Can you tell us a little bit about the kind of work that you do?
I am currently working on my Doctorate of Public Health at the London School of Hygiene and Tropical Medicine (LSHTM) with funding from the Pierre Elliott Trudeau Foundation, looking at the impact of epidemics on maternity care services in post-conflict settings. This involves spending significant time in Sierra Leone spending time in clinics observing patient-provider interactions.
I am also working on a couple of projects at the LSHTM, researching community and policy-maker engagement with emerging infectious diseases, and supporting the Health in Humanitarian Crisis Centre with events and strategy. In my little bit of spare time I train and mentor new humanitarian aid workers.
What have been the turning points and milestones in your career?
I was volunteering as a teacher at a small rural school in Ghana in 2008 when I realised that if I wanted to work in development long term I needed more skills, particularly in health. So I applied for and was accepted into UBC Nursing! I can assuredly say that my clinical background was critical in getting into and moving up in international development work.
Working at VGH in Acute Medicine after completing my BSN was awesome, I got to really put in practice the pathophysiology and patient-centred care that I had learned about in the coursework! However after about two years at bedside, I decided that I wanted to focus more upstream, looking at the social determinants of health and inequities that result in people becoming severely (often chronically) ill. So I decided to get my Masters in Public Health.
After graduating with my MSc in Public Health from the London School of Hygiene and Tropical Medicine in 2012 I was thinking I’d want to stay in London for a couple years to work, but after a few months not finding a job that suited me, I started applying for international development roles. Quickly I was offered a job in South Sudan, which had just become an independent country. Up for an adventure, I got on a plane 3 weeks later and ended up as Community Health Supervisor in a very, very remote part of the country where I spent a lot of time bouncing around in the back of a truck on dirt roads delivering medicines to clinics, monitoring the quality of health education sessions, doing nutrition assessments of children and training health workers on technical and management skills.
Finally, while working on the West African Ebola Response in Sierra Leone in 2014/2015, I found my research passion in reproductive health care during and after epidemics, as there was a drop off in health facility deliveries resulting in a huge increase in the rate of maternal mortality. So I decided to go back to school to get my Doctorate to look at this critical issue.
What do you consider your greatest achievement in life so far (personal, professional, or both)?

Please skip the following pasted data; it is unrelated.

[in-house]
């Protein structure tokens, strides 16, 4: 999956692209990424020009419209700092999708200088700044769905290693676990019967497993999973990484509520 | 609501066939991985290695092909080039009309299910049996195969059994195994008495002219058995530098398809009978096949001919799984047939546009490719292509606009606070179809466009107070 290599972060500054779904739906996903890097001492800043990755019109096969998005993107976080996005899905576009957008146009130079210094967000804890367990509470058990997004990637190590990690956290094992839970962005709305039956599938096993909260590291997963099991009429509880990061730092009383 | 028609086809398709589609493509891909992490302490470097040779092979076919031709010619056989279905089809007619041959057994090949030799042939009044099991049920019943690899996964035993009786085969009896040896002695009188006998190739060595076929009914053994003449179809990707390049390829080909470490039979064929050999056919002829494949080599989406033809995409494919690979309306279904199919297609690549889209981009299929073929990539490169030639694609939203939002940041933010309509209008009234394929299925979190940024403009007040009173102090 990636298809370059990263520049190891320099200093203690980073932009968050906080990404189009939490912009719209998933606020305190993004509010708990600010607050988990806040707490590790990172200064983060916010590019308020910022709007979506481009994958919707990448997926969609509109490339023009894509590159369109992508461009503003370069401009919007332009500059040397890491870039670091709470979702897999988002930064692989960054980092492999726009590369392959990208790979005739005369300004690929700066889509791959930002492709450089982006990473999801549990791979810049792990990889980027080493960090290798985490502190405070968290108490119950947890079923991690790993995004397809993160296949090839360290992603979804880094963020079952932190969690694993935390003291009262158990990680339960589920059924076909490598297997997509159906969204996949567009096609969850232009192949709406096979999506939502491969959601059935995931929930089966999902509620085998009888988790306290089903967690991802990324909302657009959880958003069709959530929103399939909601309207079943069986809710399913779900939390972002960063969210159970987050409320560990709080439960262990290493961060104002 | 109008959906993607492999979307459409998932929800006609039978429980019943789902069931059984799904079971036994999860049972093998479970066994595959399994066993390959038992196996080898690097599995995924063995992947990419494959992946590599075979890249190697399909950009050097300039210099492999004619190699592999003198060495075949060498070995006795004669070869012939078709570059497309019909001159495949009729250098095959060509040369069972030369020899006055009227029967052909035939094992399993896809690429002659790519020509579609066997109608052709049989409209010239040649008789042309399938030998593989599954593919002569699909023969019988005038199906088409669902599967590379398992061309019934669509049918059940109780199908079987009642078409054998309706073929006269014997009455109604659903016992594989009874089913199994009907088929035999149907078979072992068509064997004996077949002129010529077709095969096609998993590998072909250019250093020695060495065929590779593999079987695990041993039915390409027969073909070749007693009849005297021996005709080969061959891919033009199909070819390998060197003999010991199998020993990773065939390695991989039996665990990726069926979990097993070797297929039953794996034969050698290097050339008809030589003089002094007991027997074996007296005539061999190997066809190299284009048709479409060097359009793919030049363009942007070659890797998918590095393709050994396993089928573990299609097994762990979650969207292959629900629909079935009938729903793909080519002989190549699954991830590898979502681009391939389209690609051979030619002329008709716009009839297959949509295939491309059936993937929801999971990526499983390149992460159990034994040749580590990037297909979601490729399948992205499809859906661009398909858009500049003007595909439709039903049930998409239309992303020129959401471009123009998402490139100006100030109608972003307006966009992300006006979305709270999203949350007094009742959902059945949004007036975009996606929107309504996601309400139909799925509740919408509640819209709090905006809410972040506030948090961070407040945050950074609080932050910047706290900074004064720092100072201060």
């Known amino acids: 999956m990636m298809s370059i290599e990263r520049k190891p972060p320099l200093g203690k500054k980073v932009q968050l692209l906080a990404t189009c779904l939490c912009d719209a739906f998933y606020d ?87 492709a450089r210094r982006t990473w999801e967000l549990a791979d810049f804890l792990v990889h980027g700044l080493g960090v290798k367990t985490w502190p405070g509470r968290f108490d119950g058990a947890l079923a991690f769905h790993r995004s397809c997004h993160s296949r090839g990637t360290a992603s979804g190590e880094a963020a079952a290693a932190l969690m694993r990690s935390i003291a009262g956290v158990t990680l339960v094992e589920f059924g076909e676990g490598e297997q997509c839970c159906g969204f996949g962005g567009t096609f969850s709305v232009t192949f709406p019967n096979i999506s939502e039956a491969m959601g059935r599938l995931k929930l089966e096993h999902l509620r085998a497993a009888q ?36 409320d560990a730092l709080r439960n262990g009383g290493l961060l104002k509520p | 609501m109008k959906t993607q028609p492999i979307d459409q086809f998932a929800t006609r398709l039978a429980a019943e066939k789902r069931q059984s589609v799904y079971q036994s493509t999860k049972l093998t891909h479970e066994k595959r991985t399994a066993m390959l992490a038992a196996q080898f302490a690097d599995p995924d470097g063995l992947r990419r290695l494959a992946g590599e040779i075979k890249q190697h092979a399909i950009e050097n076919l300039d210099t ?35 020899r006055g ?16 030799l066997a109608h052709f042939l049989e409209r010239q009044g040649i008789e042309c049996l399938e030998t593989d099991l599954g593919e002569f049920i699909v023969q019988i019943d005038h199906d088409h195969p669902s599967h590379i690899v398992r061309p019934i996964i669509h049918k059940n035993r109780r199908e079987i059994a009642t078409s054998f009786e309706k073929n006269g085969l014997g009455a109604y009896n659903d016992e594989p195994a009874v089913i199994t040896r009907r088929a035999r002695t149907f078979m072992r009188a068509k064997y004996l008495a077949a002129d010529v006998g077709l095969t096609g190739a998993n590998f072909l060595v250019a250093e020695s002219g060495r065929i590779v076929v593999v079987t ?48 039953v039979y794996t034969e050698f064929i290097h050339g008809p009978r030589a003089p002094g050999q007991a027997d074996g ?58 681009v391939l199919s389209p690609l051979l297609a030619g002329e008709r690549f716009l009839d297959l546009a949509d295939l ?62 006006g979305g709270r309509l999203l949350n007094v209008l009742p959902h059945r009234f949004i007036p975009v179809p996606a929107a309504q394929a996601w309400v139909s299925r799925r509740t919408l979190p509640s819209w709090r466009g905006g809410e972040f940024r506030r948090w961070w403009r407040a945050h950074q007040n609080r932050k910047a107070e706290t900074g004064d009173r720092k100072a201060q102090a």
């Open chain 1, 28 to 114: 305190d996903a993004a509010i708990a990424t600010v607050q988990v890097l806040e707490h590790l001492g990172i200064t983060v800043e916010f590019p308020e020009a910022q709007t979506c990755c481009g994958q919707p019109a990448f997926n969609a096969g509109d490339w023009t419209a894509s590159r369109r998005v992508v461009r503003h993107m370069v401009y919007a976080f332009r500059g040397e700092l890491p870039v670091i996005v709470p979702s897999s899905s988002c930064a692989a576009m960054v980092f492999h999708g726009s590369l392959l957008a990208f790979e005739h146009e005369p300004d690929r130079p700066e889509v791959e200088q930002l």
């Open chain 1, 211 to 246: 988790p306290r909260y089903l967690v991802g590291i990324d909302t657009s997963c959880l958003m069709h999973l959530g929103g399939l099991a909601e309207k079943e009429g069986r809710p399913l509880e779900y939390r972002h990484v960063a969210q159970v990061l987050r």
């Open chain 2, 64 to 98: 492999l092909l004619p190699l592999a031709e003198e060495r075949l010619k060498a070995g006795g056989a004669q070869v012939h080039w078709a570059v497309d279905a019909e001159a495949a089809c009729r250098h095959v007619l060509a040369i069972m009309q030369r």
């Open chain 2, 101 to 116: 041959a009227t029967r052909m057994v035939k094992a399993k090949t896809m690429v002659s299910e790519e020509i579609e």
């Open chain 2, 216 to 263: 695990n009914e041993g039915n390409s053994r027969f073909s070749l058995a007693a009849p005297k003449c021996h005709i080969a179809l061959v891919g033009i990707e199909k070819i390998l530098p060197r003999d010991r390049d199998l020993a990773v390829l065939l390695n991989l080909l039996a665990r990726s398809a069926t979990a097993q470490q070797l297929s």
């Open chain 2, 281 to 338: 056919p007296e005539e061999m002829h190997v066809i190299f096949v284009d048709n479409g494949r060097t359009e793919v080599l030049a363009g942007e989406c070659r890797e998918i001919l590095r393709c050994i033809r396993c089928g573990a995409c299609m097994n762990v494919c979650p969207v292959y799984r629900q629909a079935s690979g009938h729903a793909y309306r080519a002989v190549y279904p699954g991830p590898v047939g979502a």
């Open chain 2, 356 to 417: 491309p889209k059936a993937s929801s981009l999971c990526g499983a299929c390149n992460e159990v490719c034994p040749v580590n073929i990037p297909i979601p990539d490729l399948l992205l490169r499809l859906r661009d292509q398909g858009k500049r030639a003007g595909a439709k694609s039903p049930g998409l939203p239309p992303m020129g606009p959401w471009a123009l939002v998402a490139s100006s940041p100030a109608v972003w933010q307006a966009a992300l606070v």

That’s a hard one. I’d say on a personal level, meeting and holding onto my amazing husband when we were living apart for the first 2.5 years, and when we are both often on the road (he works as a researcher in sub-Saharan Africa) has been a real accomplishment! It’s been a lot of effort, but entirely worth it! It’s not at all easy to do this kind of work and have a stable relationship.
On a professional level, I’d say I’m incredibly proud of the work I and hundreds of other people did in opening up an Ebola Treatment Centre (ETC) in Sierra Leone during the Ebola outbreak. We had about 4 weeks to write protocols and procedures for the functioning of the Centre, train some 400 local staff in those protocols (including how to donn and doff Personal Protective Equipment), and unpack thousands of pounds worth of medicine and medical equipment, all while the ETC was being built around us. It was a massive job, but we had a brilliant team of national and international staff working day and night to get it ready to admit our first patient.
And being awarded the UBC Nursing Young Alumni of the Year award in 2015 was pretty awesome!!!
What was your favourite class at UBC, and why?
It’s been quite awhile now to be honest! But I remember really enjoying the Socio-Cultural Construction of Health and Illness, with Elsie Tan and the Ethical Basis of Health Care, with Paddy Rodney. I think these were both courses that at the time I enjoyed, but I didn’t necessarily appreciate at the time how useful they would be and how much I would be drawing on the learning in the future, particularly in the work I do now.
What do you feel are three habits necessary for highly successful nurses?
I’ll answer as a former nurse who moved into the humanitarian health sphere (but I think these are likely true for all nurses!)
- Jump at chances: if you get a chance to try something new, do it! Ask for help, and be safe, but also just say yes. Because the best opportunities I’ve gotten have been sudden and completely unexpected.
- Be audacious in asking for what you want: I shamelessly sat down beside the Director of LSHTM when I saw him at a restaurant in Sierra Leone, introduced myself as an alumna of his School, and said “I want to do my Doctorate on the impact of Ebola on maternal health” and he said “great! Here’s my phone number, call me when you get back to London and we’ll have a chat.” And that’s how that worked out!
- Do what needs doing: sometimes the most critical job to do is to unpack a couple hundred boxes of meds, or arrange lunch for trainees, or do the photocopying. If you think that you’re “above” a particular task, you’re not going to earn the respect of your colleagues and you might miss out on some critical information that you acquire while doing that job.
School of Nursing’s TouchPoints Newsletter interview provided courtesies of McKay